Standley Associates February 2017 Employment Law Update
Listed Under: News & Bulletins
Employment Law Update
Welcome to the first Employment Law update of 2017 in conjunction with our employment law partners Shield HR.
In this edition we cover the problem of employment categorisation - when is someone an employee, a worker or truly self-employed?
It is a problem that is prevalent in today's economy. Whilst it has existed for quite some time the flexible working models being adopted by employers, and the law cases involving employment status, are attracting much attention. This all seems unlikely to change in the near future.
The difficulty this creates for employers is it increases the possibility of their workforce challenging their status; what rights and or benefits they should be entitled to. Employers using non-employee working models are going to need to manage this risk. Hopefully, at some point, the below governmental reviews into the labour market will result in the legislative change that clarifies matters. However, this may be some time coming.
Plumbers Are Workers
The recent case of Pimlico Plumbers v Gary Smith is an example of the problems of categorisation affecting the employment market. In this matter, the Court of Appeal upheld the decision that Gary Smith, who was employed on a self-employed contract, was a worker and not a self-employed contractor. The court decided the employment tribunal was correct in finding Mr Smith had rights under the Equality Act 2010. Specifically the right to holiday pay, under the Working Time Regulations, and the right to be protected from unlawful deductions from his salary.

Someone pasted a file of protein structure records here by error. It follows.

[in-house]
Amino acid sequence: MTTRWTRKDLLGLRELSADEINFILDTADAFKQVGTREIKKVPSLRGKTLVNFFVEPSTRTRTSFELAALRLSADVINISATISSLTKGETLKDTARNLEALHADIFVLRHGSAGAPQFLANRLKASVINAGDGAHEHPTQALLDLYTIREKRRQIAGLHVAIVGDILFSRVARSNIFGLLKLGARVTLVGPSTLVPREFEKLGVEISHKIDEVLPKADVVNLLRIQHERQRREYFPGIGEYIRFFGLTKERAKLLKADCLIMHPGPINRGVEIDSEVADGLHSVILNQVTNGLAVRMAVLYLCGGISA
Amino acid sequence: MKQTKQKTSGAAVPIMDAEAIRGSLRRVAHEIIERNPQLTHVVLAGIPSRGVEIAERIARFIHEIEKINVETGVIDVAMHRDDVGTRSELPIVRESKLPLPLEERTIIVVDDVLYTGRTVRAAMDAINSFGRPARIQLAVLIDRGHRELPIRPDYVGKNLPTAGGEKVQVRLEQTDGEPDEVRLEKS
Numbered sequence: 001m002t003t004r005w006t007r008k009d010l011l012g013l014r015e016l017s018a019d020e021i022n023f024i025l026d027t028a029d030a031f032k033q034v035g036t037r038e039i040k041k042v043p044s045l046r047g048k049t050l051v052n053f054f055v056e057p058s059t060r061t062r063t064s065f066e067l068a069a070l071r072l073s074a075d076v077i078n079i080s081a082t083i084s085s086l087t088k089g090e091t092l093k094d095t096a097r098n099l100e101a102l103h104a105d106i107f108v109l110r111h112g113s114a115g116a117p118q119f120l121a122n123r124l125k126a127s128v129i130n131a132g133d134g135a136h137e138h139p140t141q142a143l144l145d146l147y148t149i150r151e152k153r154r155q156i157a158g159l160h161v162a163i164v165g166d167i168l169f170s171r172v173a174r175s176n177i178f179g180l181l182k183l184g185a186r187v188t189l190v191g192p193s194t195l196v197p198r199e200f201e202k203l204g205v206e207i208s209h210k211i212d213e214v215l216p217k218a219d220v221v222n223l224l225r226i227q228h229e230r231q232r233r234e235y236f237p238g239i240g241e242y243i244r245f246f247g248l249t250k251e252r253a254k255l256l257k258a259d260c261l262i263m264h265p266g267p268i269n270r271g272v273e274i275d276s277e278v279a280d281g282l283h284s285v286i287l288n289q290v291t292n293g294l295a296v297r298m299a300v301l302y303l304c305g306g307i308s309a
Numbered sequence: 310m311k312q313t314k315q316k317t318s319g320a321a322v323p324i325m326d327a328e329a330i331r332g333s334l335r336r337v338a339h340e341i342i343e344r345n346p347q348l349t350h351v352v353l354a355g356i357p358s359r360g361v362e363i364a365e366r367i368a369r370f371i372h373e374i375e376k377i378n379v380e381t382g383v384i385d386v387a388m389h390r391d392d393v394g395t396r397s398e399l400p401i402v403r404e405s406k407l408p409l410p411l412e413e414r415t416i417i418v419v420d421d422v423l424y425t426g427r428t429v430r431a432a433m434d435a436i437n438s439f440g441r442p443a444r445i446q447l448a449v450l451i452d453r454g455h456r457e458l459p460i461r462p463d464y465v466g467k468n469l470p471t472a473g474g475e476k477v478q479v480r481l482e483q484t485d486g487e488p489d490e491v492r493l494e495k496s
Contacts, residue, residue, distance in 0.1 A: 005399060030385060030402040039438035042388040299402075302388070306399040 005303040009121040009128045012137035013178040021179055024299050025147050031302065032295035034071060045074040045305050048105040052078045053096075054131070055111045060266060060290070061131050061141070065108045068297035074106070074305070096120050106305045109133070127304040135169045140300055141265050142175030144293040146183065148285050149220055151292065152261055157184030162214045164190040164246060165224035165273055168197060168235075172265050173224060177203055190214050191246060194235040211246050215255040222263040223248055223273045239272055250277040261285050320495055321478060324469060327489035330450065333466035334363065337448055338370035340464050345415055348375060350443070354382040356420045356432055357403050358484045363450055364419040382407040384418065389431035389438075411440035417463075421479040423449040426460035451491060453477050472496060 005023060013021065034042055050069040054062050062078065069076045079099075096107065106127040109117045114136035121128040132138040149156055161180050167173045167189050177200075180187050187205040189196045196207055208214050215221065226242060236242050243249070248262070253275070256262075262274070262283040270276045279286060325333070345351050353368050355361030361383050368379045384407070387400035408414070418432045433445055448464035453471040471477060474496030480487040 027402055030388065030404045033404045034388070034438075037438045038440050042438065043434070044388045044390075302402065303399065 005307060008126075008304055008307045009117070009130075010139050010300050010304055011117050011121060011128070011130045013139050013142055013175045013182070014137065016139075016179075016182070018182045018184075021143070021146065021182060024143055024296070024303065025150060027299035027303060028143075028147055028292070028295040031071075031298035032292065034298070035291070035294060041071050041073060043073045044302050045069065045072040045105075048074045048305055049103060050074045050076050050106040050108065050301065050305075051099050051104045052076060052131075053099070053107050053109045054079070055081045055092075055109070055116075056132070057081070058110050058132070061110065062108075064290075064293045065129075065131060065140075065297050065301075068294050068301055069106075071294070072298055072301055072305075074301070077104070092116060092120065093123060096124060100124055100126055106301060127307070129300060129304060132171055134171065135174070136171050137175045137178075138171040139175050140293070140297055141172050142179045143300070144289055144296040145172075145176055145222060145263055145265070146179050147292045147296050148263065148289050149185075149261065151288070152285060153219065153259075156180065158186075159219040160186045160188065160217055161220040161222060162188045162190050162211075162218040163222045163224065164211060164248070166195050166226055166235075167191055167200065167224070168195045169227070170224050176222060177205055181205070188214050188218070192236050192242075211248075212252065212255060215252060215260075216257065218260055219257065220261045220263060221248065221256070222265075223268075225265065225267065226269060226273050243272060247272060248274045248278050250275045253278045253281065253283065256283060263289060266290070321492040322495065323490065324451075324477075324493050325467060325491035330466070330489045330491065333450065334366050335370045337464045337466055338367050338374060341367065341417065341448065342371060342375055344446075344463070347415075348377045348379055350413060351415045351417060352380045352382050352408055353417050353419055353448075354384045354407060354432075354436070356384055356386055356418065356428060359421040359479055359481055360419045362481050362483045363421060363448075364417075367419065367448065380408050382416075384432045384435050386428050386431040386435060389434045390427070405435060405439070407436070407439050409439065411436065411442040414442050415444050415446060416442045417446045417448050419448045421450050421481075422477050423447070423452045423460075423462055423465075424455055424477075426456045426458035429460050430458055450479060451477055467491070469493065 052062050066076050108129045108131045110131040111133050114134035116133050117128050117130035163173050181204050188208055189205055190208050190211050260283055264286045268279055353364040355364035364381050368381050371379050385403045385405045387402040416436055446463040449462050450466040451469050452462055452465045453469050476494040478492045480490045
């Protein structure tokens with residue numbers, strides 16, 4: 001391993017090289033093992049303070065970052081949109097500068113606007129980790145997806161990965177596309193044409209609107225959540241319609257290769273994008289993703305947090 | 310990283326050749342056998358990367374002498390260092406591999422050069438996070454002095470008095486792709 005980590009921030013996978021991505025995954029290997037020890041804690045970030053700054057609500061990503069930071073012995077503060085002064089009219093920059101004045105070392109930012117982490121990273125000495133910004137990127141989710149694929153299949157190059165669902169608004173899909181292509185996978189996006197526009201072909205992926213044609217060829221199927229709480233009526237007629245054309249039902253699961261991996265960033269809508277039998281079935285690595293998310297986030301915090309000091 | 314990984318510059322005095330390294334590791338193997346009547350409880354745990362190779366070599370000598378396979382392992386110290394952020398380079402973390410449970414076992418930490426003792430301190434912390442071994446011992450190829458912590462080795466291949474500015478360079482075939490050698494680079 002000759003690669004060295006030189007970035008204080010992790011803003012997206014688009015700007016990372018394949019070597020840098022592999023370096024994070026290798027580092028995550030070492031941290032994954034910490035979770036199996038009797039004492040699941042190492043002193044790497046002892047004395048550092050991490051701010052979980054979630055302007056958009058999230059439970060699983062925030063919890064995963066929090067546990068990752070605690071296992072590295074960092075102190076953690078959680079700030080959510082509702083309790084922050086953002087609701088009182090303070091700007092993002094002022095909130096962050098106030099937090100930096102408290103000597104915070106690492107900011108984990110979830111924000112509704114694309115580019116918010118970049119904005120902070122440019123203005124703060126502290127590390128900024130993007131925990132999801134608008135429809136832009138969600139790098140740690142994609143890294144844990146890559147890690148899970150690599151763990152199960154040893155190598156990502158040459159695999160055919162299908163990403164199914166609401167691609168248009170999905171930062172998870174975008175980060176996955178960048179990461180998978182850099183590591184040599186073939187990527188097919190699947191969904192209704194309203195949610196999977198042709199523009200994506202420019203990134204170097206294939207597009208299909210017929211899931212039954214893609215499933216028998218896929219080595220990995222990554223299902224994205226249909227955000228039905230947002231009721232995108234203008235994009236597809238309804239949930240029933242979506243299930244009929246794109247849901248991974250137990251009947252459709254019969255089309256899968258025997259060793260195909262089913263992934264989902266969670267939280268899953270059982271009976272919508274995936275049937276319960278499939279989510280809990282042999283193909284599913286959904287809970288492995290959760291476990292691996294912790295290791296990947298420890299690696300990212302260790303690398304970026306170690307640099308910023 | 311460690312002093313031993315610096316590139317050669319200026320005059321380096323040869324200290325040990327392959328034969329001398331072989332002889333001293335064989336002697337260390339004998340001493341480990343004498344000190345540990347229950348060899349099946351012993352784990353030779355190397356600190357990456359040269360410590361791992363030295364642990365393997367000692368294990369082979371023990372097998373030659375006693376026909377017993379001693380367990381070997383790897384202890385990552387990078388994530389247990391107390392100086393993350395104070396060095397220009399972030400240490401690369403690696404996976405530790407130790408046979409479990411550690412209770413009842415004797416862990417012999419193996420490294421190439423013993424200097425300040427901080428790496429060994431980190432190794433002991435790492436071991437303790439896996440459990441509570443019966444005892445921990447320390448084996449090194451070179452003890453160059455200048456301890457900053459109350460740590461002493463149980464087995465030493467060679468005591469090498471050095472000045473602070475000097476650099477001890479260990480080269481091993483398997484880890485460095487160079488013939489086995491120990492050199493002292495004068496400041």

The Pimlico case above follows hot on the heels of the Uber case. The Uber case resulted in the Uber drivers in question being found to be workers of Uber and not self-employed contractors. Uber is appealing this case.
Employment Status and the Government Response
The Government has, via the Department of Business, Innovation and Skills, published its Employment Status Review. This review identifies the problem of categorisation (whether an individual is an employee, worker or truly self-employed) and considers legal options for reforming the law but makes no recommendations. In addition, the Taylor Review, which is a review of the implications of new forms of work on work place rights, is likely to be published later this year. It is hoped this will lead to some increased clarity on employment status and on the categorisation of those in the Gig Economy.
Strikes and the Trade Union Act 2016
The provisions of the Trade Union Act will take effect from 1.3.17. This legislation will be of interest to those working in unionised businesses. The new law among other matters introduces more onerous balloting thresholds that must be met by trade unions if any industrial action they call is to maintain legal protections.
National Minimum Wage
With effect from 1.4.17. the following rates will apply.
25 and over £7.50
18 -20 £5.60
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Recruitment and Executive Specialist